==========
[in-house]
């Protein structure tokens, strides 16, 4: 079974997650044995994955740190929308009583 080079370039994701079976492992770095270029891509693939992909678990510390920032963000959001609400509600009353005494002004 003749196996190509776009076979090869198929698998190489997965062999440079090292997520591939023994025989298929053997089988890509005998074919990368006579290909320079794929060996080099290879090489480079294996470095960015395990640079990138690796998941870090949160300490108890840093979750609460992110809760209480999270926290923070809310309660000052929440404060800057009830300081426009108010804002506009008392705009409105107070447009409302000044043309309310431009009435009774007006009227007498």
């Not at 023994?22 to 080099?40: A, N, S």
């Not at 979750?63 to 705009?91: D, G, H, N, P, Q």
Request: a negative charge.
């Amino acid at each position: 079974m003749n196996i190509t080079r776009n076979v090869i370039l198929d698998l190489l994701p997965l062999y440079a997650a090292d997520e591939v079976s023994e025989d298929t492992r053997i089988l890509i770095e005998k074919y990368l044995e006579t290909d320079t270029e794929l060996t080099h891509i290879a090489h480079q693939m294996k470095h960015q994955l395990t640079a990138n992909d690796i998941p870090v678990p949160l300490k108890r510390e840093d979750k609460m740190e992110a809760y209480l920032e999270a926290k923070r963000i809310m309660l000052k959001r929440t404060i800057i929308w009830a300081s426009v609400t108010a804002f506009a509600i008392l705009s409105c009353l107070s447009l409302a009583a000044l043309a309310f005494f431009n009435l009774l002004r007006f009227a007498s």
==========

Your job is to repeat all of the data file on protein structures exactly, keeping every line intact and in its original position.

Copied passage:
[in-house]
């Protein structure tokens, strides 16, 4: 079974997650044995994955740190929308009583 080079370039994701079976492992770095270029891509693939992909678990510390920032963000959001609400509600009353005494002004 003749196996190509776009076979090869198929698998190489997965062999440079090292997520591939023994025989298929053997089988890509005998074919990368006579290909320079794929060996080099290879090489480079294996470095960015395990640079990138690796998941870090949160300490108890840093979750609460992110809760209480999270926290923070809310309660000052929440404060800057009830300081426009108010804002506009008392705009409105107070447009409302000044043309309310431009009435009774007006009227007498």
């Not at 023994?22 to 080099?40: A, N, S």
């Not at 979750?63 to 705009?91: D, G, H, N, P, Q």
Request: a negative charge.
């Amino acid at each position: 079974m003749n196996i190509t080079r776009n076979v090869i370039l198929d698998l190489l994701p997965l062999y440079a997650a090292d997520e591939v079976s023994e025989d298929t492992r053997i089988l890509i770095e005998k074919y990368l044995e006579t290909d320079t270029e794929l060996t080099h891509i290879a090489h480079q693939m294996k470095h960015q994955l395990t640079a990138n992909d690796i998941p870090v678990p949160l300490k108890r510390e840093d979750k609460m740190e992110a809760y209480l920032e999270a926290k923070r963000i809310m309660l000052k959001r929440t404060i800057i929308w009830a300081s426009v609400t108010a804002f506009a509600i008392l705009s409105c009353l107070s447009l409302a009583a000044l043309a309310f005494f431009n009435l009774l002004r007006f009227a007498s």